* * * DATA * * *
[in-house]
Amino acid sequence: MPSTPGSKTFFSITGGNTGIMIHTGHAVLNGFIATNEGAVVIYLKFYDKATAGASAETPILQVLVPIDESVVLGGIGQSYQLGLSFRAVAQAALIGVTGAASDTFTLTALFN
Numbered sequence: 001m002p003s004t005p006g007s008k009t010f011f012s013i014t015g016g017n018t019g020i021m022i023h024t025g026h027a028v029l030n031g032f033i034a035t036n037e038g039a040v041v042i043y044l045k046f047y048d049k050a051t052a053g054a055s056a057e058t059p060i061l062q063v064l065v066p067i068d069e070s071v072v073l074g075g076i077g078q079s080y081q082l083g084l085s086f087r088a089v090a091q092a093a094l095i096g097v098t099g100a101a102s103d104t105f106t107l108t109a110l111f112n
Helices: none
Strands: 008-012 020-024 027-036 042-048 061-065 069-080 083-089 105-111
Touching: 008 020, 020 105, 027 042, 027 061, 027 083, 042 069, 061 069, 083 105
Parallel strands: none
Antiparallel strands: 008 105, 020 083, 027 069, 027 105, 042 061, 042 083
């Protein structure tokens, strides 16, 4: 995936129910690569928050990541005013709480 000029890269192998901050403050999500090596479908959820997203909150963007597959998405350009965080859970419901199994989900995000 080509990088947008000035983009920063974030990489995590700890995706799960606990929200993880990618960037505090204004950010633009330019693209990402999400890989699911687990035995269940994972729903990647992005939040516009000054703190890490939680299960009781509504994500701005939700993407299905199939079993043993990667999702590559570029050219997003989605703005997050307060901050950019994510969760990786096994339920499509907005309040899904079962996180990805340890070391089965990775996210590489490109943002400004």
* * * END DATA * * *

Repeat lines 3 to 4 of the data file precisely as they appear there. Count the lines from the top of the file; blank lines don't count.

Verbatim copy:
Numbered sequence: 001m002p003s004t005p006g007s008k009t010f011f012s013i014t015g016g017n018t019g020i021m022i023h024t025g026h027a028v029l030n031g032f033i034a035t036n037e038g039a040v041v042i043y044l045k046f047y048d049k050a051t052a053g054a055s056a057e058t059p060i061l062q063v064l065v066p067i068d069e070s071v072v073l074g075g076i077g078q079s080y081q082l083g084l085s086f087r088a089v090a091q092a093a094l095i096g097v098t099g100a101a102s103d104t105f106t107l108t109a110l111f112n
Helices: none